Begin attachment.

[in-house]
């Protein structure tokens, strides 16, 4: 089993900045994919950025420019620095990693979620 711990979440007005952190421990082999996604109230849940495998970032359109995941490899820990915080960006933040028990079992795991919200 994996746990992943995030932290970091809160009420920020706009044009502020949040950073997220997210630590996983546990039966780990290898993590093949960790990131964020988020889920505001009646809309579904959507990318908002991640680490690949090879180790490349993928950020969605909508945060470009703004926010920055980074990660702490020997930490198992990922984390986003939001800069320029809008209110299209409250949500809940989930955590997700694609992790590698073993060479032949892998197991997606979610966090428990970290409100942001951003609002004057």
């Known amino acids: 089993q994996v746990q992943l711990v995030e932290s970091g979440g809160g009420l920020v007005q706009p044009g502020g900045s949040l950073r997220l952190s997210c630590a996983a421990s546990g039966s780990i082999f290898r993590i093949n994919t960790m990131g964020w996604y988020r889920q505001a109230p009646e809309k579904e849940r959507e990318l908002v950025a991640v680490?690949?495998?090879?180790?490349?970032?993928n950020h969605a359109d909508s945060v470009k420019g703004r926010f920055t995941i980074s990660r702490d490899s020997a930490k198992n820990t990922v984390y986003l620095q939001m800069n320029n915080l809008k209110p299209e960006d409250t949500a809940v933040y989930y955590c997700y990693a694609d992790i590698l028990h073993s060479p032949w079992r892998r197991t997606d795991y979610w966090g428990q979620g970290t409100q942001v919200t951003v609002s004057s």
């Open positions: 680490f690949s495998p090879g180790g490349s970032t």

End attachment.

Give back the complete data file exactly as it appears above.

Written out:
[in-house]
């Protein structure tokens, strides 16, 4: 089993900045994919950025420019620095990693979620 711990979440007005952190421990082999996604109230849940495998970032359109995941490899820990915080960006933040028990079992795991919200 994996746990992943995030932290970091809160009420920020706009044009502020949040950073997220997210630590996983546990039966780990290898993590093949960790990131964020988020889920505001009646809309579904959507990318908002991640680490690949090879180790490349993928950020969605909508945060470009703004926010920055980074990660702490020997930490198992990922984390986003939001800069320029809008209110299209409250949500809940989930955590997700694609992790590698073993060479032949892998197991997606979610966090428990970290409100942001951003609002004057």
């Known amino acids: 089993q994996v746990q992943l711990v995030e932290s970091g979440g809160g009420l920020v007005q706009p044009g502020g900045s949040l950073r997220l952190s997210c630590a996983a421990s546990g039966s780990i082999f290898r993590i093949n994919t960790m990131g964020w996604y988020r889920q505001a109230p009646e809309k579904e849940r959507e990318l908002v950025a991640v680490?690949?495998?090879?180790?490349?970032?993928n950020h969605a359109d909508s945060v470009k420019g703004r926010f920055t995941i980074s990660r702490d490899s020997a930490k198992n820990t990922v984390y986003l620095q939001m800069n320029n915080l809008k209110p299209e960006d409250t949500a809940v933040y989930y955590c997700y990693a694609d992790i590698l028990h073993s060479p032949w079992r892998r197991t997606d795991y979610w966090g428990q979620g970290t409100q942001v919200t951003v609002s004057s």
């Open positions: 680490f690949s495998p090879g180790g490349s970032t």